06 August 2017

Most people, left to themselves, are happy and content

I gained an interesting insight one day driving slowly in peak hour traffic on the N1. There was a team of men working on the side of the road. I believe that is was when they were erecting street lights in about 2014, and one big, hulking man in his work overall was skipping merrily along.    
I realised that most people, left to themselves, are happy and content.    
It is very easy to persuade one that he is unfortunate because he lacks something that another has - that will always be the case. Or that he is entitled to something. Or that he has rights that others should ensure.    
It is not easy to persuade one, though, that he must meet the needs of others, or ensure those same rights for others, or share what he has with others.    
This entitlement is one of the biggest maladies that we face in the world, and South Africa is an excellent example of the malady. Donald Trump elected US president, Jacob Zuma giving State of the Nation address in South Africa, BREXIT in Britain, and so forth. 2016 and 2017 are proving to be remarkable years.

Coincidentally, I wrote this on Friday morning 11 Feb 2017, and on Friday evening I heard an interesting quote on a business radio programme. 'Comparison is the thief of joy'.

A question for our youth, and others.

I am sometimes phoned and am told that someone has put me as a referral on his or her CV, hoping for employment because I was their mentor, colleague, or bishop. 

Sometimes I have absolutely no hesitation in recommending them for employment, sometimes I have grave misgivings about doing so!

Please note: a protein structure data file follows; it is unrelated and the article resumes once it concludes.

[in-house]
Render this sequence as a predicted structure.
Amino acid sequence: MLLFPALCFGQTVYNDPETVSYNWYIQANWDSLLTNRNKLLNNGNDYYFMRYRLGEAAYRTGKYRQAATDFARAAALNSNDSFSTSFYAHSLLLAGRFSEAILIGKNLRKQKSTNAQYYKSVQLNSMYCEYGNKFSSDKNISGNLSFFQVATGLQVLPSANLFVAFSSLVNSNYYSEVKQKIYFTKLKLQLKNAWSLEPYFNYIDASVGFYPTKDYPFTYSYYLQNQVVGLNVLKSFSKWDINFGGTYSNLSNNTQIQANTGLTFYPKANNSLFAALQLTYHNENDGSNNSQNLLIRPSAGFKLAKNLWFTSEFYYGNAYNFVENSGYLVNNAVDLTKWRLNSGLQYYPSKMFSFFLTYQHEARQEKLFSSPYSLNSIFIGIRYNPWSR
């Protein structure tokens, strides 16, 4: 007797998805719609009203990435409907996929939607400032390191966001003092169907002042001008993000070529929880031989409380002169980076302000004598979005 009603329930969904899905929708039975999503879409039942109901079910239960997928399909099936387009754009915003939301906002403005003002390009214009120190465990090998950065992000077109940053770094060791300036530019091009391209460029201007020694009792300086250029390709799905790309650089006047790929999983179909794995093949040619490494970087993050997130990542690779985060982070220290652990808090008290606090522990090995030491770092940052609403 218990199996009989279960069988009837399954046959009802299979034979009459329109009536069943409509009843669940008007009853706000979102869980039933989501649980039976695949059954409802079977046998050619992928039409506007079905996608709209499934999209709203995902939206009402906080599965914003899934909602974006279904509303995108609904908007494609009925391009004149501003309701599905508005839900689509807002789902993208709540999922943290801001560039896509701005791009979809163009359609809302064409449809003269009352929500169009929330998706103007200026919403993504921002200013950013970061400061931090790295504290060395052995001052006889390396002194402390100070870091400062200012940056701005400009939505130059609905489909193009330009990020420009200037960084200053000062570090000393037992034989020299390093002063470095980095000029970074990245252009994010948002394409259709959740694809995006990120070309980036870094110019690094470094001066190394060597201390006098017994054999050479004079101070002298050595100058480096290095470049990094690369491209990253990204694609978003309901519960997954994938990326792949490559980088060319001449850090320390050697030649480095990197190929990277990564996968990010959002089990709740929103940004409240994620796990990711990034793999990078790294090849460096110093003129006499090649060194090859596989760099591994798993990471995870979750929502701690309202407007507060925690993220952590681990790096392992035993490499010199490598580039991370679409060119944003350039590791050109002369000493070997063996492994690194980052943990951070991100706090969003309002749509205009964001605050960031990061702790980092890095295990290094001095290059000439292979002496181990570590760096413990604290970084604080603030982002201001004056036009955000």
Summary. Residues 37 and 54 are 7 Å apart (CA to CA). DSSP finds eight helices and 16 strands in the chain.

Now, the preamble to the question: 
A prospective employer phones me. She asks about a young candidate, Jimmy or Jenny, who has applied for employment and wants to work for what they describe as their dream company.

The prospective employer has to decide between this young person and someone who is honest, true, chaste, benevolent, virtuous, who does good to all people, seeks after that which is virtuous, lovely, of God report and praiseworthy (does that sound familiar?) and is really dependable, innovative, proactive, polite, punctual, loyal. 

First question:
Would I have no hesitation in recommending you if you were this young candidate? 

Second question: 
If you were the prospective employer who phoned me, and I described yourself to yourself. Would you want me to lie about you?  Would you employ you? Would you regret employing you rather than the other candidate because I recommended you? 

You are now preparing for a bishop, teacher, friend or colleague to be your referral. Prospective employers do phone for referrals. Live the 13th Article of Faith and develop other good virtues in yourself. Be that! Then I, and other referees, would be delighted to recommend you!

I would love to have no hesitation in recommending you if I had the impression that you genuinely strive to live these virtues. I would guess that you are not as yet prefect in them, but I would believe that you would continue to strive to live them.